The recently drafted Miner Safety and Health Act of 2010 (MSHA) began as a response to the recent multi-fatality accident at a Massey Energy Co. mine in West Virginia. It has now become a vehicle for passage of a much wider range of reforms to the Occupational Safety and Health Act of 1970. As proposed, the MSHA includes H.R. 2067, the Protecting America’s Workers Act (PAWA).
PAWA proposes the most sweeping legislative change to the Occupational Safety and Health Act in its 40 year existence. Though many of the proposed revisions contained in PAWA have been in the works for several years, they have yet to be passed into law and there is some speculation that current attempts to gain passage will likewise be unsuccessful. However, the Department of Labor and OSHA have promised reform and have taken an active involvement in the passage of PAWA.
The most recent discussion draft of PAWA (March 9, 2010), contains provisions that would:
Increase protection for whistleblowers under OSH Act Section 11(c)
Require immediate abatement of serious, willful, or repeat violations (currently can be abated pending contest) unless affirmative determination allowing delay in abatement is made by OSHA
Substantially increase civil and criminal penalties for violations of the OSH Act
Expand criminal liability:
felony conviction of officers and directors and imprisonment for up to five (5) years (replacing 6 months for “employer”) for “knowing” (replacing “willful”) violation that contributes to serious bodily harm to an employee (currently the OSH Act specifies that only the “employer” may be held liable)
felony conviction of officers and directors and imprisonment for up to ten (10) years (replacing 6 months for “employer”) for “knowing” (replacing “willful”) violation that contributes to the death of an employee (currently the OSH Act specified that only the “employer” may be held liable)
Increase maximum civil penalties for violations:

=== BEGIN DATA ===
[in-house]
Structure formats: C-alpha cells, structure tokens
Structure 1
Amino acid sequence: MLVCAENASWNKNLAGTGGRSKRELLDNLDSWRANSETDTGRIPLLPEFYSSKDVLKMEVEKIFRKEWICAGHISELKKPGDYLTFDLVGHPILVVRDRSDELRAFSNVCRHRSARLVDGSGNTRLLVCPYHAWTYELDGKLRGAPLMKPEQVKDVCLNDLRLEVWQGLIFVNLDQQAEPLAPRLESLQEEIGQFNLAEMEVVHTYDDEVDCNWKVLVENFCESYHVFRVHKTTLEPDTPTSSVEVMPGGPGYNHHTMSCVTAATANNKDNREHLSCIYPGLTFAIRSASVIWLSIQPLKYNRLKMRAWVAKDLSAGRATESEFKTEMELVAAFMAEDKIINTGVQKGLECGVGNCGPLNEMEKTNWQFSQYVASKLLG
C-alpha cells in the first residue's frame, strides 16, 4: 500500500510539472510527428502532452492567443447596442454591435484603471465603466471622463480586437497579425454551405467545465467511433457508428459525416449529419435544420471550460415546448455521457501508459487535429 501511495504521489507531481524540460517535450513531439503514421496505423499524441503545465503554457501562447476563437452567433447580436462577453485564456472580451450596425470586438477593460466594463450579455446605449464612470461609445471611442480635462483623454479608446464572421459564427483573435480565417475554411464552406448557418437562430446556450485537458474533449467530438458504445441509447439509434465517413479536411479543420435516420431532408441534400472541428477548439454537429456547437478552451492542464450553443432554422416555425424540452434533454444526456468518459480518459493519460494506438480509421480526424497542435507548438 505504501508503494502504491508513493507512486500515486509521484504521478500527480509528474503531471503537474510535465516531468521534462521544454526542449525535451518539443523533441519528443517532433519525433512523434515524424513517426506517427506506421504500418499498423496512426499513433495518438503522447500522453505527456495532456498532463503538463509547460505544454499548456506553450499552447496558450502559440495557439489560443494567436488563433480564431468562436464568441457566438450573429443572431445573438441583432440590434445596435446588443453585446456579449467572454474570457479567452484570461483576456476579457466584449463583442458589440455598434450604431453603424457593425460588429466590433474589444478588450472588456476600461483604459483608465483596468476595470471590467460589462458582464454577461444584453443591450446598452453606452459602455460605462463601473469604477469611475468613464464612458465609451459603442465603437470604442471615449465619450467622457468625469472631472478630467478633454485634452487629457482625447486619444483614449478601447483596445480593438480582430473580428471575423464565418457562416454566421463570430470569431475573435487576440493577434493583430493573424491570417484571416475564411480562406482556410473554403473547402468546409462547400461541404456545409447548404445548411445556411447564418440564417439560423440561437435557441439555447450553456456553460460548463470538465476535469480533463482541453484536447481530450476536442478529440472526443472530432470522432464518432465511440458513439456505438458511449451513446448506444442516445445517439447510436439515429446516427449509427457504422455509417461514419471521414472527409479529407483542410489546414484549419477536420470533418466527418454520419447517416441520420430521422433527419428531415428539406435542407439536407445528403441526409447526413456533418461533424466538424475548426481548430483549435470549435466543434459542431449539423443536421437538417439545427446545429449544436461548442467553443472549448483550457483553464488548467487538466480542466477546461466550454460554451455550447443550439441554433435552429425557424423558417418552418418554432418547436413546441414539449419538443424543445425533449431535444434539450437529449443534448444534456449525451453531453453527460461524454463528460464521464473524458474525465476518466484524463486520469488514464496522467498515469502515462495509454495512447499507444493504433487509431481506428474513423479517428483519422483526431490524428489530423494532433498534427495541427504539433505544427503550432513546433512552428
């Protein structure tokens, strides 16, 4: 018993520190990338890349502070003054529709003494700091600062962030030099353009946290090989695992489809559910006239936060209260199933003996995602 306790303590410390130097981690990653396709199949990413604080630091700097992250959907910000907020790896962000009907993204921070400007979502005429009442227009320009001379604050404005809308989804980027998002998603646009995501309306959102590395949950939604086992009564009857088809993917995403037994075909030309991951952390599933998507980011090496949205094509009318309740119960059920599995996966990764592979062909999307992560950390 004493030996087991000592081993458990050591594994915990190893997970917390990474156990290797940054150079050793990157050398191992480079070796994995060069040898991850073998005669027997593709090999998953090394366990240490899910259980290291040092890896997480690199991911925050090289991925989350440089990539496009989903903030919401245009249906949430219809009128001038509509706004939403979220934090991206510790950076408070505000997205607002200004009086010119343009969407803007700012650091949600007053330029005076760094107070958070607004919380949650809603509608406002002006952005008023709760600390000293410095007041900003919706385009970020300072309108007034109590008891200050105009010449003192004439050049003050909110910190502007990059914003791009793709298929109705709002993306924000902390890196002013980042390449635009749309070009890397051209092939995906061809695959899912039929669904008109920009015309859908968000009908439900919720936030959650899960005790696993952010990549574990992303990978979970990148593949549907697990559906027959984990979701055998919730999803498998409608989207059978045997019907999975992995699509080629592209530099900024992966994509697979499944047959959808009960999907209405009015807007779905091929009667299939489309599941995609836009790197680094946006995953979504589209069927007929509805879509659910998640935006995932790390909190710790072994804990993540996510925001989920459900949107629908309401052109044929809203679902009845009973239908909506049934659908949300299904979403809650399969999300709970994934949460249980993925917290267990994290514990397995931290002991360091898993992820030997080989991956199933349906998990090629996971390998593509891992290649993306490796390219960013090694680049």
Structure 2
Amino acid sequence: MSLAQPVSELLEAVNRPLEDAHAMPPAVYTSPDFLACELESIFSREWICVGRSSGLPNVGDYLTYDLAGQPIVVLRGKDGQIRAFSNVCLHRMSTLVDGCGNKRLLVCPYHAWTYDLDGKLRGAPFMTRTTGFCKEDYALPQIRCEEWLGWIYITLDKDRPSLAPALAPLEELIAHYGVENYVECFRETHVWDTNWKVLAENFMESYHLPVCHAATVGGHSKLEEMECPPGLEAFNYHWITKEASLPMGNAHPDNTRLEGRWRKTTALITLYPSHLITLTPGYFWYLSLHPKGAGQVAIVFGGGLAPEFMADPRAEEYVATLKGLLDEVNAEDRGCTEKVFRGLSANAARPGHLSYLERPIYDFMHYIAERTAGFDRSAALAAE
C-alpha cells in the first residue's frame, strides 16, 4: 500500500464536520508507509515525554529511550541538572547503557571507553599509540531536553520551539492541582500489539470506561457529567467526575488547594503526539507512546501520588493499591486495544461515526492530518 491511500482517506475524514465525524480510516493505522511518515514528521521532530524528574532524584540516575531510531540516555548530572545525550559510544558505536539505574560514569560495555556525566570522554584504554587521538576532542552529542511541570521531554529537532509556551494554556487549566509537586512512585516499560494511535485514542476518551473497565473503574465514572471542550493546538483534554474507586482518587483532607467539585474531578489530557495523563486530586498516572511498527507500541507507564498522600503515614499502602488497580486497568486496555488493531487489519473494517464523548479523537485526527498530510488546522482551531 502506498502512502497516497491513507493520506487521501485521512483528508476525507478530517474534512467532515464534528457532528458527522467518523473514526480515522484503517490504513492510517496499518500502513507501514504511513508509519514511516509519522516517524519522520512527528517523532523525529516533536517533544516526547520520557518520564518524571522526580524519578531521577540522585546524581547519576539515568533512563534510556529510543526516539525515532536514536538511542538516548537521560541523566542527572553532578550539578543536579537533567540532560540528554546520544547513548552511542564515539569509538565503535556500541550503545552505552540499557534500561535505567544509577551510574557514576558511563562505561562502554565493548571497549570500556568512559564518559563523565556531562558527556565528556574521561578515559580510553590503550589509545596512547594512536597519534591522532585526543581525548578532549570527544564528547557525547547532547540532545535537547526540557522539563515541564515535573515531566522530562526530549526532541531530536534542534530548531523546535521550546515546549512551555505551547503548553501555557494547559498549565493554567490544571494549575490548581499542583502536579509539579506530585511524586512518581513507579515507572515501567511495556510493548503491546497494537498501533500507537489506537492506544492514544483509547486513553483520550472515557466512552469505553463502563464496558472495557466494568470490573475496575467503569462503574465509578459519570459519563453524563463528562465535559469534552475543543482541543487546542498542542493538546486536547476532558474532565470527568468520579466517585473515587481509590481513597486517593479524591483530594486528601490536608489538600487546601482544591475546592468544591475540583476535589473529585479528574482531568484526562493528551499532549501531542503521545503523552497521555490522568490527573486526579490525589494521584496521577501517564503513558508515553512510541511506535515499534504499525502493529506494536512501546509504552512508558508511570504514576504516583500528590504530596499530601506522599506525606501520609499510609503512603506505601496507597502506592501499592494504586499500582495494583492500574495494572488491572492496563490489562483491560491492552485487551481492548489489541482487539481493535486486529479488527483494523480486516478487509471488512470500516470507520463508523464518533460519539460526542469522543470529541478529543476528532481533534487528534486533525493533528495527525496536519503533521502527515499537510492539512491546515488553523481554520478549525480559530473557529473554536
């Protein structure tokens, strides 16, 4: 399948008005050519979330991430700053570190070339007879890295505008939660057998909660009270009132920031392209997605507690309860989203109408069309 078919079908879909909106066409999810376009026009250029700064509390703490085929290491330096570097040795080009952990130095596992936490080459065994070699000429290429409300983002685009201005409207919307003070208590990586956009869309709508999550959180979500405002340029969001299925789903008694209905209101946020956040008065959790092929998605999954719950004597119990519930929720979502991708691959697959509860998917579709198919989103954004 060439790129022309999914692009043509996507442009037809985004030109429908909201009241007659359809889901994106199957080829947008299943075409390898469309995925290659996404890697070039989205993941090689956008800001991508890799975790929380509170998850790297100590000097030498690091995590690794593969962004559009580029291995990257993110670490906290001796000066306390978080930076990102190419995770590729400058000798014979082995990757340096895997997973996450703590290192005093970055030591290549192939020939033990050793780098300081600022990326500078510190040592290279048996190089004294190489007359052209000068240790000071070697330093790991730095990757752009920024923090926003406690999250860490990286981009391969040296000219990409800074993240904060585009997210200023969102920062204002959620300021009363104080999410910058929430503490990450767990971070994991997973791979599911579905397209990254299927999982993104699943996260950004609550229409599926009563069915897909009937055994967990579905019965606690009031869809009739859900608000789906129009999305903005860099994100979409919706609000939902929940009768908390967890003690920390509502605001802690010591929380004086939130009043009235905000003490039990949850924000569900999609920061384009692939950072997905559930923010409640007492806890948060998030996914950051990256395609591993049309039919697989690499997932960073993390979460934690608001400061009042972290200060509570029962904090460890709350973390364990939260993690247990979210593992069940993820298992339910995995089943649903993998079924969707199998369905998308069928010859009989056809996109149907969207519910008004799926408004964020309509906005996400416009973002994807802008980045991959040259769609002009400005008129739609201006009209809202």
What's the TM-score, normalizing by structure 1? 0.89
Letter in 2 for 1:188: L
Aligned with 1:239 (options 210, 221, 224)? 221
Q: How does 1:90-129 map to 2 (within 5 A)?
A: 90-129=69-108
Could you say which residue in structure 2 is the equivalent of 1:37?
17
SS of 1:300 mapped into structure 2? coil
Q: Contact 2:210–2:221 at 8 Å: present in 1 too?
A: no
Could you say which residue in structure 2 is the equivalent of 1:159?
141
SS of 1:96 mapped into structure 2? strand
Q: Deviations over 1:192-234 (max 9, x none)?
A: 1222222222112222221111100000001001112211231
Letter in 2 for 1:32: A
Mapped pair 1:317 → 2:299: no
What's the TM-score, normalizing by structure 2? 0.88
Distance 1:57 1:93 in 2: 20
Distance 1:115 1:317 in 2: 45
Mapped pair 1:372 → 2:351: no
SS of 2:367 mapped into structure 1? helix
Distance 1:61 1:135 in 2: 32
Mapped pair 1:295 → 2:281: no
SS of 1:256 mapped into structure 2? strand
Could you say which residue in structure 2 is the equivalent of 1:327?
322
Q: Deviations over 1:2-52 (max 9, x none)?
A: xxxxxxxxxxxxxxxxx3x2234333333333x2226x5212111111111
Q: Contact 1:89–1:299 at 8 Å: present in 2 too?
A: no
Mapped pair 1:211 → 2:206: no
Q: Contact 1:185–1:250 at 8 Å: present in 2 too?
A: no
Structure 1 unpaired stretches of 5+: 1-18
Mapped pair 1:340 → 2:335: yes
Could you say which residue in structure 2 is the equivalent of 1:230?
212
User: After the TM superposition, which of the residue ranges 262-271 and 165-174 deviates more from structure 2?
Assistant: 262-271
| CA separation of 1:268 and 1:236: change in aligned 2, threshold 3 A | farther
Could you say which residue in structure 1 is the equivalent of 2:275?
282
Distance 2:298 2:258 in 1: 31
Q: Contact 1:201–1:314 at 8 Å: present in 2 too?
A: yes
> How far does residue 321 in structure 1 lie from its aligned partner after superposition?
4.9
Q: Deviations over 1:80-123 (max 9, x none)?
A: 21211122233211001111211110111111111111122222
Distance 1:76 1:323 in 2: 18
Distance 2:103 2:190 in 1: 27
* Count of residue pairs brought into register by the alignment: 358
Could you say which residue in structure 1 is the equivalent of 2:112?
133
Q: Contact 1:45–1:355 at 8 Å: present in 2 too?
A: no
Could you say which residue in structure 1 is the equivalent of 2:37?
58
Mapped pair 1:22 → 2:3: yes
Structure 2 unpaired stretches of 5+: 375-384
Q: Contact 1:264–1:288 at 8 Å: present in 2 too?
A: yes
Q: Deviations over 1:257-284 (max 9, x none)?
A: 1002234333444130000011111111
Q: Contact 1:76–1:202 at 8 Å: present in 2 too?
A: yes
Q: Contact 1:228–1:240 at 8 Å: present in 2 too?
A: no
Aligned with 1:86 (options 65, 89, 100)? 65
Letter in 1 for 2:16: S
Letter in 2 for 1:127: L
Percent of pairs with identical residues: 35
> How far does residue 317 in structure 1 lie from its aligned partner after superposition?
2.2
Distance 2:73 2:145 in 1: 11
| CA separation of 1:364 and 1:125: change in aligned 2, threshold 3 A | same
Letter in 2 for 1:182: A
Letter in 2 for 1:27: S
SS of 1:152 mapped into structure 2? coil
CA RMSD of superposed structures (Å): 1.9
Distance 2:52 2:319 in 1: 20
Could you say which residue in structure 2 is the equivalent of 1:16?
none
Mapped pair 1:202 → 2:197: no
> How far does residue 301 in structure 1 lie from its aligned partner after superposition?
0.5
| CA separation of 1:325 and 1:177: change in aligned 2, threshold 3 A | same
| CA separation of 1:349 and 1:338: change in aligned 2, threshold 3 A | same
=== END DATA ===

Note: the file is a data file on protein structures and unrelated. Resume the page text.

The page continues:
for willful and repeat violations from $70,000/violation to $120,000/violation;
for willful and repeat violations that result in a fatality to $250,000/violation;
for serious violations from $7,000/violation to $12,000/violation;
for serious violations that result in a fatality to $50,000/violation;
for “other-than-serious” violations from $7,000/violation to $12,000/violation;
for failure to abate and failure to post violation, from $7,000/violation to $12,000/violation
Increase minimum civil penalties for violations:
for willful violations from $5,000/violation to $8,000/violation;
for willful or repeat violations that result in a fatality, to $50,000/violation.
Permit accrual of pre-final order interest on penalties beginning on the notice of contest date.
The House Education and Labor Committee will hold hearings on the bill on July 13, followed thereafter by Committee vote. It is projected that the bill could reach the floor of the House by the end of July.
PAWA is an extension of OSHA’s effort to increase enforcement, most recently illustrated by implementation of the Severe Violator Enforcement Program (SVEP), which became effective June 18, 2010. Announced in April 2010, the SVEP is designed to focus increased inspection and enforcement efforts on employers that continually disregard their legal obligations to protect their workers by willful, repeated, or failure-to-abate violations. The SVEP replaces OSHA’s Enhanced Enforcement Program.
Employers should pay close attention to the progress of the MSHA. The inclusion of PAWA will result in substantial revisions to the OSH Act that will seriously effect all employers, not just those interested in mine safety.
Steven K. Metcalf